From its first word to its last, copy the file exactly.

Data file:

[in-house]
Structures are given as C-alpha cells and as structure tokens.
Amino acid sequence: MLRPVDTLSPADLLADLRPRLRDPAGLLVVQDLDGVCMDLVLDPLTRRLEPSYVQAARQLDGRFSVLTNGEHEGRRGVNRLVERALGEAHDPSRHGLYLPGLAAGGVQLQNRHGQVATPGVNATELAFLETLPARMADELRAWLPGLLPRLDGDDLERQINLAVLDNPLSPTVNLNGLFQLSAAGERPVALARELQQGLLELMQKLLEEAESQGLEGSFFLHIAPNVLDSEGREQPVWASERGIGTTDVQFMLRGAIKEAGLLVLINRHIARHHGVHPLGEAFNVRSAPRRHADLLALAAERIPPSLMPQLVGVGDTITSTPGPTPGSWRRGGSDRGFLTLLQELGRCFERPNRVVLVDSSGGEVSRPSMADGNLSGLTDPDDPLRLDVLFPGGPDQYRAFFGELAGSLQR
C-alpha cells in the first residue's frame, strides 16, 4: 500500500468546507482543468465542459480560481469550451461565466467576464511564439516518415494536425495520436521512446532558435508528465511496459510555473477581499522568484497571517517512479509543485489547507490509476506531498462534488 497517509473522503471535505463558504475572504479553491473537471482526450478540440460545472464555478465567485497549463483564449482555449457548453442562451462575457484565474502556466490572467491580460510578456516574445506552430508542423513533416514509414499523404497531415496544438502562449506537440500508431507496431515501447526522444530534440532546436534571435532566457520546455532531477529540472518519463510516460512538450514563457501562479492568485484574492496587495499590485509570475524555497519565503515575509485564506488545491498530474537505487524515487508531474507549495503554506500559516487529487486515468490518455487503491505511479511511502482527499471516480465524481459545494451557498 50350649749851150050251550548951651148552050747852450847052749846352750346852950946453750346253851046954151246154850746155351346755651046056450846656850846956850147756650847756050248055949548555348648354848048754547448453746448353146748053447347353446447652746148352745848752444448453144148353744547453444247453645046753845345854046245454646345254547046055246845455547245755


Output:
[in-house]
Structures are given as C-alpha cells and as structure tokens.
Amino acid sequence: MLRPVDTLSPADLLADLRPRLRDPAGLLVVQDLDGVCMDLVLDPLTRRLEPSYVQAARQLDGRFSVLTNGEHEGRRGVNRLVERALGEAHDPSRHGLYLPGLAAGGVQLQNRHGQVATPGVNATELAFLETLPARMADELRAWLPGLLPRLDGDDLERQINLAVLDNPLSPTVNLNGLFQLSAAGERPVALARELQQGLLELMQKLLEEAESQGLEGSFFLHIAPNVLDSEGREQPVWASERGIGTTDVQFMLRGAIKEAGLLVLINRHIARHHGVHPLGEAFNVRSAPRRHADLLALAAERIPPSLMPQLVGVGDTITSTPGPTPGSWRRGGSDRGFLTLLQELGRCFERPNRVVLVDSSGGEVSRPSMADGNLSGLTDPDDPLRLDVLFPGGPDQYRAFFGELAGSLQR
C-alpha cells in the first residue's frame, strides 16, 4: 500500500468546507482543468465542459480560481469550451461565466467576464511564439516518415494536425495520436521512446532558435508528465511496459510555473477581499522568484497571517517512479509543485489547507490509476506531498462534488 497517509473522503471535505463558504475572504479553491473537471482526450478540440460545472464555478465567485497549463483564449482555449457548453442562451462575457484565474502556466490572467491580460510578456516574445506552430508542423513533416514509414499523404497531415496544438502562449506537440500508431507496431515501447526522444530534440532546436534571435532566457520546455532531477529540472518519463510516460512538450514563457501562479492568485484574492496587495499590485509570475524555497519565503515575509485564506488545491498530474537505487524515487508531474507549495503554506500559516487529487486515468490518455487503491505511479511511502482527499471516480465524481459545494451557498 50350649749851150050251550548951651148552050747852450847052749846352750346852950946453750346253851046954151246154850746155351346755651046056450846656850846956850147756650847756050248055949548555348648354848048754547448453746448353146748053447347353446447652746148352745848752444448453144148353744547453444247453645046753845345854046245454646345254547046055246845455547245755